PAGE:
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Her Roman conquest

Rudolph ran and world went wild
By Mary Beth Roberts
Special to

"What hurt her mostly, what she [Wilma Rudolph] said, is why would someone tell me I can't eat or drink in a place because of my color? But then they cheer me to win the gold medal for them. Now we know what double standards are," says former Olympic sprinter Ray Norton on ESPN Classic's SportsCentury series.

Wilma Rudolph was a sight to behold. At 5-foot-11 and 130 pounds, she was lightning fast. Wilma watchers in the late fifties and early sixties were admonished: don't blink. You might miss her. And that would be a shame.

Wilma Rudolph equalled the world record of 11.3 in winning the women's 100-meter dash at the 1961 U.S.-Russia track and field meet in Moscow.
At the 1960 Rome Olympics, Rudolph became "the fastest woman in the world" and the first American woman to win three track-and-field gold medals in one Olympics. She won the 100- and 200-meter races and anchored the U.S. team to victory in the 4 x 100-meter relay, breaking records along the way.

In the 100, she tied the world record of 11.3 seconds in the semifinals, then won the final by three yards in 11.0. However, because of a 2.75-meter per second wind - above the acceptable limit of two meters per second - she didn't receive credit for a world record.

In the 200, she broke the Olympic record in the opening heat in 23.2 seconds and won the final in 24.0 seconds. In the relay, Rudolph, despite a poor baton pass, overtook Germany's anchor leg, and the Americans, all women from Tennessee State, took the gold in 44.5 seconds after setting a world record of 44.4 seconds in the semifinals.

Rudolph's Olympic performances (she also won a bronze medal at 16 in the relay at Melbourne in 1956) were spectacular. But it is the story of how she got there that makes her accomplishments legendary.

She was born prematurely on June 23, 1940 in St. Bethlehem, Tenn., just outside Clarksville. She weighed 4 pounds.

The bulk of her childhood was spent in bed. At four, she was diagnosed with polio and lost the use of her left leg. Doctors doubted that she would ever walk, let alone run. (Forget running fast.) She also suffered from double pneumonia and scarlet fever. She was fitted with metal leg braces when she was six.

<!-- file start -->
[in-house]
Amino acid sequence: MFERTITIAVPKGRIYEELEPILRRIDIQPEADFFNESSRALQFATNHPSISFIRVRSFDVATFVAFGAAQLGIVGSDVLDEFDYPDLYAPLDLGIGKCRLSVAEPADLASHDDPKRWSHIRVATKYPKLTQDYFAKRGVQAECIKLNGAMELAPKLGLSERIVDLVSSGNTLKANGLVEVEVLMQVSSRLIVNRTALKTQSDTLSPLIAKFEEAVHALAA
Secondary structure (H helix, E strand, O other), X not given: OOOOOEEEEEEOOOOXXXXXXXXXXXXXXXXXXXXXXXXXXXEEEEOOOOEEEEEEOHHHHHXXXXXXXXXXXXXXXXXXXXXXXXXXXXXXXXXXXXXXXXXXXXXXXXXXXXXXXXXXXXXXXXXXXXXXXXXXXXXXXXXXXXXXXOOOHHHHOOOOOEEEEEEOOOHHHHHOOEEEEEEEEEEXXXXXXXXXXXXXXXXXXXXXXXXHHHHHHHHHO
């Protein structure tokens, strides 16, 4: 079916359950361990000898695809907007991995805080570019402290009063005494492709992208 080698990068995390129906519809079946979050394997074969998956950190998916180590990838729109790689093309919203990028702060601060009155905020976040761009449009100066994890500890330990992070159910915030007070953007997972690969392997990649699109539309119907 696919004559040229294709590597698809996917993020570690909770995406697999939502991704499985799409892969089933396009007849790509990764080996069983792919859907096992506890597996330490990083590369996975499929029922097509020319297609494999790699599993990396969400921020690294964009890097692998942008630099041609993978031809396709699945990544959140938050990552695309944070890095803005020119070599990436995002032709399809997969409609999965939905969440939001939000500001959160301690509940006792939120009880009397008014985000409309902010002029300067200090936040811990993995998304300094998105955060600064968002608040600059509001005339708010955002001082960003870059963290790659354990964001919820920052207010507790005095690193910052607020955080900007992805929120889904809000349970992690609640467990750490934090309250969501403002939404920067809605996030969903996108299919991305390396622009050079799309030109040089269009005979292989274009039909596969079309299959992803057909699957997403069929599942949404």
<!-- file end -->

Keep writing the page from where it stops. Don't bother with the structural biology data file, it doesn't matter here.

"I spent most of my time trying to figure out how to get them off," she said. "But when you come from a large, wonderful family, there's always a way to achieve your goals."

Rudolph grew up in a poor family, the 20th of her father Ed's 22 children (from two marriages). Although she never shared a home with all her siblings and half-siblings at once, there were still plenty of brothers and sisters to serve as "lookouts" if she mischievously removed her braces.

Her brothers and sisters took turns massaging her crippled leg every day. Once a week her mother Blanche, a domestic worker, drove her 90 miles roundtrip to a Nashville hospital for therapy.

Years of treatment and a determination to be a "normal kid" worked. Despite whooping cough, measles and chicken pox, Rudolph was out of her leg braces at nine and soon became a budding basketball star.

When she was 11, her brothers set up a basketball hoop in the yard. "After that," her mother said, "it was basketball, basketball, basketball."

At all-African-American Burt High School, Rudolph played on the girls' basketball team, where her coach, C.C. Gray, gave her the nickname, "Skeeter."

"You're little, you're fast and you always get in my way," he said.

Rudolph became an all-state player, setting a state record by scoring 49 points in one game. Then Ed Temple came calling.

Temple, the Tennessee State track coach, asked Gray to form a girls' track team so he could turn one of the forwards into a sprinter. Rudolph was the one.